Be­zos used the two terms. What's the big dif­fer­ence?

The Atlanta Journal-Constitution - - MORE OF TODAY’S TOP NEWS - Matthew Haag

Jeff Be­zos, the world’s wealth­i­est per­son, re­vealed in a sen­sa­tional blog post Thurs­day that he be­lieved he was the vic­tim of “ex­tor­tion and black­mail” by the com­pany be­hind The Na­tional En­quirer. He ac­cused the com­pany, Amer­i­can Me­dia Inc., of threat­en­ing to re­lease graphic pho­tos of him. Le­gal definitions aside, there is a fool­proof def­i­ni­tion for black­mail and ex­tor­tion, ac­cord­ing to Wil­liam N. Net­tles, the U.S. at­tor­ney in South Carolina from 2010 to 2016. “They are like fancy bul­ly­ing,” Net­tles said.

Ex­tor­tion vs. black­mail

Ex­tor­tion and black­mail are sim­i­lar con­cepts with over­lap­ping definitions. “They are very, very sim­i­lar,” Net­tles said. “You could say that black­mail is a spe­cific sub­set of ex­tor­tion.”

With ex­tor­tion, a per­son makes a threat, of­ten phys­i­cal or de­struc­tive, to ob­tain some­thing or to force some­one to do some­thing. The text­book ex­am­ple is the mafia warn­ing: Pay me money or I will hurt you.

With black­mail, a per­son threat­ens to re­veal em­bar­rass­ing or dam­ag­ing in­for­ma­tion if a de­mand is not met. That de­mand can be for money or some­thing else of value.

Black­mail first in­volved Scot­tish farm­ers

The word “ex­tort” dates to Mid­dle English, from the Latin word mean­ing to twist. Black­mail first sur­faced in Scot­land in the 1500s, some­times ren­dered “black meal,” to de­scribe a pay­ment farm­ers and prop­erty own­ers would give plun­der­ers to avoid hav­ing their land dam­aged. The word be­came a com­bi­na­tion of black money (“black”) and rent (“meal”).

In early Scot­tish law, both sides of a black­mail scheme were con­sid­ered crim­i­nals, even those we would now con­sider vic­tims. “The rea­son the givers are li­able is be­cause they main­tain the thieves,” ac­cord­ing to “The Laws and Cus­tomes of Scot­land,” pub­lished in the 17th cen­tury.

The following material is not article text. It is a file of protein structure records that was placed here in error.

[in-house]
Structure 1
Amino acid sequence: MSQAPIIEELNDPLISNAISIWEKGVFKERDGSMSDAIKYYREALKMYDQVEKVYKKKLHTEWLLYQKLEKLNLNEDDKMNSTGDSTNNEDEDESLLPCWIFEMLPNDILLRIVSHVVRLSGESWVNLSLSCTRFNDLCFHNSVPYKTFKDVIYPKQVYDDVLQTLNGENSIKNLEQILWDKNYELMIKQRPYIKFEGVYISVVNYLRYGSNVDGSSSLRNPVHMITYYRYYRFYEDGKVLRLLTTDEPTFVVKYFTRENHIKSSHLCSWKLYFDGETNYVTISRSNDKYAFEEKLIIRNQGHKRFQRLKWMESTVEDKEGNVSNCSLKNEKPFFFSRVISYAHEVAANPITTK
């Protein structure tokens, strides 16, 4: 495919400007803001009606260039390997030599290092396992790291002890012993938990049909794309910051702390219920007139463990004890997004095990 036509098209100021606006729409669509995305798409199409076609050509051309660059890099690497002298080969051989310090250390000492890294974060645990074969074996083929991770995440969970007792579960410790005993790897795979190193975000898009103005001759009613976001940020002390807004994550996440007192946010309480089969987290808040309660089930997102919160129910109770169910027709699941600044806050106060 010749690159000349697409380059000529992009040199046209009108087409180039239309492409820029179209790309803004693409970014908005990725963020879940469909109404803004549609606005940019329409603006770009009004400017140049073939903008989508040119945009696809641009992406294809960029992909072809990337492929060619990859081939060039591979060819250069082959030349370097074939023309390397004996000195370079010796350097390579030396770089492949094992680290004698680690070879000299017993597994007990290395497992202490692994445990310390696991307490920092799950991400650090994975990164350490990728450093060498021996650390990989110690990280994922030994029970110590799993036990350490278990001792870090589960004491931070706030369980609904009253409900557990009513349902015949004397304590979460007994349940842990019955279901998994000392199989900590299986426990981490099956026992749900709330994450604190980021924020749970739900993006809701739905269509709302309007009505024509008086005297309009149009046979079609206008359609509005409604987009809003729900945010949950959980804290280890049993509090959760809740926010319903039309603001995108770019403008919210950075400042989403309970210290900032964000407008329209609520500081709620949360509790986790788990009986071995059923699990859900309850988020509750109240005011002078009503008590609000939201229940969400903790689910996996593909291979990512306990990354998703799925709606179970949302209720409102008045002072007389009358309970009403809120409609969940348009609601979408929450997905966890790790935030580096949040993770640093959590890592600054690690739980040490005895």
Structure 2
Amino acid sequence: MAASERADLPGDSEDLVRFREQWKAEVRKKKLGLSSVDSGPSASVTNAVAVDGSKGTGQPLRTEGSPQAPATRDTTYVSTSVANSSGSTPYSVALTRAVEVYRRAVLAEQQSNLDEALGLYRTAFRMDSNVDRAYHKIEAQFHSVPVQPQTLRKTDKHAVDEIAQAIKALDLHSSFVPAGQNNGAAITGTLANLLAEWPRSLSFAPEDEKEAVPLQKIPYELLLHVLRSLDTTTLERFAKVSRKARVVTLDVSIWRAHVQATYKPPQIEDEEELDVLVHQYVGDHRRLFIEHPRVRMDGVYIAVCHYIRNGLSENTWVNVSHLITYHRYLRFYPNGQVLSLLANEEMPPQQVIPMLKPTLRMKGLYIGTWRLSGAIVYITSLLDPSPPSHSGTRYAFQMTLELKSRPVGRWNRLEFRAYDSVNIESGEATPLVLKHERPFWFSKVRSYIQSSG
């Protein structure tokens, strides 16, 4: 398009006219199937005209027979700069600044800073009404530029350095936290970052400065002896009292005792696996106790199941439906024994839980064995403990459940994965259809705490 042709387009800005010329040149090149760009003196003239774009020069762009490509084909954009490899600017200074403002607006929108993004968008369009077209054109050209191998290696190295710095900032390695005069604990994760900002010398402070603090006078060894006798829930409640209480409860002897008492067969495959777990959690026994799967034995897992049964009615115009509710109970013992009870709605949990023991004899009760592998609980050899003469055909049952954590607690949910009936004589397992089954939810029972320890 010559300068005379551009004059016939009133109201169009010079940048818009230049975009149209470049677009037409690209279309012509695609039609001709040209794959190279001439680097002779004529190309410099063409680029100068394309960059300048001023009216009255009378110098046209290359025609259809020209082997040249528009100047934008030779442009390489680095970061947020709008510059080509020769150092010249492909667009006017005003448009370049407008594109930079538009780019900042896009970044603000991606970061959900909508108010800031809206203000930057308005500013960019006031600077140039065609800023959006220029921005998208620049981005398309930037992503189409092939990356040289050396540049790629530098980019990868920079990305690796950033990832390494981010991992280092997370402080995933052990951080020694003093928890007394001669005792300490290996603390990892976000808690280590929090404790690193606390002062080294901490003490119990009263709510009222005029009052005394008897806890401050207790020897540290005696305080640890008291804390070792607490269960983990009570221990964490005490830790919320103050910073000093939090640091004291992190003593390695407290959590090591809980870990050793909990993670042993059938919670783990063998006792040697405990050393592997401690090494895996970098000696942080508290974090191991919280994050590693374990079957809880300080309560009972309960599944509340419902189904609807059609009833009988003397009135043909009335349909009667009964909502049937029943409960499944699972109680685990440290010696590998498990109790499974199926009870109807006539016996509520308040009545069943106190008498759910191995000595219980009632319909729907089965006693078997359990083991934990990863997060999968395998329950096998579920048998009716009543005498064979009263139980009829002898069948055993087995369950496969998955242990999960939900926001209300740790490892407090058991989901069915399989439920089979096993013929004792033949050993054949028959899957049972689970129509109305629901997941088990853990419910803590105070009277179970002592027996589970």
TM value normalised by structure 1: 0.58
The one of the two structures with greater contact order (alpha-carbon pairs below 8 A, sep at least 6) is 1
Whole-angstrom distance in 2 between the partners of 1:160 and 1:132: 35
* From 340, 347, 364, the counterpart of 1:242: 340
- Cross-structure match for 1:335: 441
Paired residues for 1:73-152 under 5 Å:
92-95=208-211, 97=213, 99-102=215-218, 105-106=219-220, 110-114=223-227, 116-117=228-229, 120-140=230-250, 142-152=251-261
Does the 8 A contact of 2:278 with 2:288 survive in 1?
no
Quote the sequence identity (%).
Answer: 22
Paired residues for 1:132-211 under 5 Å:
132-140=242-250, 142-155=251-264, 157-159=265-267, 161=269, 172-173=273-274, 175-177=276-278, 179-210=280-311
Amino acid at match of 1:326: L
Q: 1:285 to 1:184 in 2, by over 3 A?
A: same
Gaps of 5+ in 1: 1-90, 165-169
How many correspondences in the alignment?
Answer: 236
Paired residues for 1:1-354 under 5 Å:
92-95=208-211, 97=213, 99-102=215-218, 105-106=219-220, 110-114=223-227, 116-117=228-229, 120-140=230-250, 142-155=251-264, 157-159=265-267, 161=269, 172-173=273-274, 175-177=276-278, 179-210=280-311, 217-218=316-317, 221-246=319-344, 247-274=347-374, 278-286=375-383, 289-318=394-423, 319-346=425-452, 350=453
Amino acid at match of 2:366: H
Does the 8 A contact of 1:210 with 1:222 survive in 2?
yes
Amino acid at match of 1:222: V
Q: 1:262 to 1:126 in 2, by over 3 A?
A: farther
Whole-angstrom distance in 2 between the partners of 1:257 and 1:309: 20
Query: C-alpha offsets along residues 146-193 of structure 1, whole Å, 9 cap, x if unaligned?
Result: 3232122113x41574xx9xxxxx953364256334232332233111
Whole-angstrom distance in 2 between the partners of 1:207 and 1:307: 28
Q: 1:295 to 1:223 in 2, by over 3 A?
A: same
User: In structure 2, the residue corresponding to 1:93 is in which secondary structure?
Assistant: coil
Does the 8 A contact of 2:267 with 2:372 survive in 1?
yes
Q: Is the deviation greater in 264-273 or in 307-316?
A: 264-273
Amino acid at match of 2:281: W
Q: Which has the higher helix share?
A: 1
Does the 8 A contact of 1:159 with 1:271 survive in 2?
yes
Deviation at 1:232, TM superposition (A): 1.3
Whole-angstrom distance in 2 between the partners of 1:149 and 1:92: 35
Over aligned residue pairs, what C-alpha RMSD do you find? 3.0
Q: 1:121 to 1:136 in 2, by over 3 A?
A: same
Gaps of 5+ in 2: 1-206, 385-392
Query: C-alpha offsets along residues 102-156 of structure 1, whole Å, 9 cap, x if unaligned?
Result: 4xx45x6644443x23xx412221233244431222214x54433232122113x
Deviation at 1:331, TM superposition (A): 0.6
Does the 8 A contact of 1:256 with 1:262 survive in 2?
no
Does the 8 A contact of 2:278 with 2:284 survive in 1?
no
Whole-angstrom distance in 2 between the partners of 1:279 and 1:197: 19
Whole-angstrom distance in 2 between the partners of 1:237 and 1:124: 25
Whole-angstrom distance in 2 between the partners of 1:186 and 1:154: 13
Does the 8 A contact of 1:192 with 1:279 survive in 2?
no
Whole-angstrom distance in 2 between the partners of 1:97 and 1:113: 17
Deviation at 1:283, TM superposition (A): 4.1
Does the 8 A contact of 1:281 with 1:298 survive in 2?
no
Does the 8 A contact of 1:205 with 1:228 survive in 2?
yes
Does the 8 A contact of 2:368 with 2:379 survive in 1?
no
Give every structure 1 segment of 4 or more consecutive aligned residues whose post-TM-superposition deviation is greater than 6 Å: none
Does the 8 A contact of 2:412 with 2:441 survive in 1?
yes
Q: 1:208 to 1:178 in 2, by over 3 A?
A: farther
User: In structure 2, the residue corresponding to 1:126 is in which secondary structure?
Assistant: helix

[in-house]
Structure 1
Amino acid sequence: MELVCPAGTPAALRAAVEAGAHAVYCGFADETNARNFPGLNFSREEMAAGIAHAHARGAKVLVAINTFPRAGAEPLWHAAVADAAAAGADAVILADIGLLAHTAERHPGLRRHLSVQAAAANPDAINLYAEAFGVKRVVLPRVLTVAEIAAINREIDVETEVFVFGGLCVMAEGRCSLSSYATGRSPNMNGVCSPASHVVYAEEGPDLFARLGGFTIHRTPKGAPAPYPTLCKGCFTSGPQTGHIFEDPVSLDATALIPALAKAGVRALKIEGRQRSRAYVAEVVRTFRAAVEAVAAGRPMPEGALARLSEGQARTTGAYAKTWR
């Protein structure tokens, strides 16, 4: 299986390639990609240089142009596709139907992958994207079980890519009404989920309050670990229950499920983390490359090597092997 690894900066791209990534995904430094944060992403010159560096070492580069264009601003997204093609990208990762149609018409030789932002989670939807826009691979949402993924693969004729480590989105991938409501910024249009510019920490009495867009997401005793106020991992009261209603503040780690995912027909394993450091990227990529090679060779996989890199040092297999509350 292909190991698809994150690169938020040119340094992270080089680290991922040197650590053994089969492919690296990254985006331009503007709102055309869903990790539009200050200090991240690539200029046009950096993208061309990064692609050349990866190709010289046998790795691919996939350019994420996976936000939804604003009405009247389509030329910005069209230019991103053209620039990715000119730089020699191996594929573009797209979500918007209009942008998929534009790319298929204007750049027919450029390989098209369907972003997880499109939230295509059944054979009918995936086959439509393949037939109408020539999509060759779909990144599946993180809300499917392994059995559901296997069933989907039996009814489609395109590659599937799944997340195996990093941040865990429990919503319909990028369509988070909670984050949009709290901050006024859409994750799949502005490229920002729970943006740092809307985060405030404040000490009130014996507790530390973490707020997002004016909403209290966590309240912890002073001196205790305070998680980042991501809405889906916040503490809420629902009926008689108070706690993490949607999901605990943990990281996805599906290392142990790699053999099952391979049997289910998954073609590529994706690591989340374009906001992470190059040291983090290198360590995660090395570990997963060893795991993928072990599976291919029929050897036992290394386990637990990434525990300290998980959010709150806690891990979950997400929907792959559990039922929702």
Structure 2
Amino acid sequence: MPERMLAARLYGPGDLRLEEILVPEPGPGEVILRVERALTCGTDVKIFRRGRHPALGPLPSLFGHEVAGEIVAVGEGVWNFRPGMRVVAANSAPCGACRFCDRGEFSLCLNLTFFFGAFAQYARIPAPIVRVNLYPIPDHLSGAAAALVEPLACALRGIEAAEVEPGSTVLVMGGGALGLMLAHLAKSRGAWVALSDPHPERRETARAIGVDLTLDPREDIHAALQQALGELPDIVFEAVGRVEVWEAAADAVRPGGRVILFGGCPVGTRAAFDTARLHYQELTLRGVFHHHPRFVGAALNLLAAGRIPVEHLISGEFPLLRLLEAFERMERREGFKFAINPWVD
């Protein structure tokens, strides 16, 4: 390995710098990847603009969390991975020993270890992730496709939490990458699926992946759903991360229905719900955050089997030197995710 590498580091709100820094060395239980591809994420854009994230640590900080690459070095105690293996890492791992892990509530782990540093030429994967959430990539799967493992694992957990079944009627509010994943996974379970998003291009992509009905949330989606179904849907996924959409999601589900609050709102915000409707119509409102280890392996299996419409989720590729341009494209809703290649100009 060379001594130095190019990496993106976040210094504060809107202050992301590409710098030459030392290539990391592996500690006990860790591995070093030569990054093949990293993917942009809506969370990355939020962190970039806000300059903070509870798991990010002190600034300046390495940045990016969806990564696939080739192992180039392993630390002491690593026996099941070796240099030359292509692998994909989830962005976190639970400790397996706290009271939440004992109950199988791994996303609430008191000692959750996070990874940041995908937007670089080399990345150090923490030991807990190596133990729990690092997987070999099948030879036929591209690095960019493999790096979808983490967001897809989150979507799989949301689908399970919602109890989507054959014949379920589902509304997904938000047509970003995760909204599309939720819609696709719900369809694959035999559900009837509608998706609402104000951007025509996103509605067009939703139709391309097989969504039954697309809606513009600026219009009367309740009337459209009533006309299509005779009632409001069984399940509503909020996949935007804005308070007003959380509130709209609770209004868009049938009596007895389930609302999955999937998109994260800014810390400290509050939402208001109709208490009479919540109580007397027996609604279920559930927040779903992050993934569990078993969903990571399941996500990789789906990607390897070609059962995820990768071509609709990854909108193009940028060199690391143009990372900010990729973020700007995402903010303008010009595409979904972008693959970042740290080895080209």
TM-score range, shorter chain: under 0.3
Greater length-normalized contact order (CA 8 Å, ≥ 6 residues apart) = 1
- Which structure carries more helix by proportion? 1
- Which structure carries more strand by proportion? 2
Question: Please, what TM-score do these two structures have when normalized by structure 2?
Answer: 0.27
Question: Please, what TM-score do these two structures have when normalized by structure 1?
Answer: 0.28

In the United States, the fed­eral govern­ment and all 50 states have crim­i­nal statutes cov­er­ing ex­tor­tion and black­mail. Such cases can be­come fed­eral crimes if they in­volve “in­ter­state com­merce,” which can be as sim­ple as email­ing a threat from one state to an­other.

Mod­ern black­mail and ex­tor­tion

Ex­tor­tion cases ap­pear all over the world.

`In China, govern­ment of­fi­cials have been tar­geted, re­ceiv­ing pho­tos of their sor­did be­hav­ior in the mail with a threat that the im­ages will go pub­lic if money is not paid.

There have been high-pro­file schemes in the United States, in­clud­ing one tar­get­ing David Let­ter­man, for­mer host of “The Late Show” on CBS.

Like Be­zos, he went pub­lic with the scheme with­out ca­pit­u­lat­ing to the de­mands.

Let­ter­man told his au­di­ence dur­ing a show in Oc­to­ber 2009 that a man, later iden­ti­fied as a CBS pro­ducer, wanted $2 mil­lion to not re­veal pub­licly that Let­ter­man had been in sex­ual re­la­tion­ships with women who worked on his show.

The pro­ducer, Robert Hal­der­man, pleaded guilty to lar­ceny, a charge that cov­ers black­mail in New York.

Was Be­zos a vic­tim?

“There is def­i­nitely a prima fa­cie case to be made that Jeff Be­zos was be­ing ex­torted by Na­tional En­quirer,” said Net­tles, the for­mer U.S. at­tor­ney.

Net­tles said that Be­zos must have viewed the ac­tions by The En­quirer and its par­ent com­pany as a threat. “Jeff Be­zos ex­posed him­self by do­ing this,” he said.

He added: “What he did was, he took the sting out of the pic­tures.”


Jeff Be­zos, founder and chief ex­ec­u­tive of Ama­zon, re­vealed that he be­lieved he was the vic­tim of “ex­tor­tion and black­mail” by the com­pany be­hind The Na­tional En­quirer.

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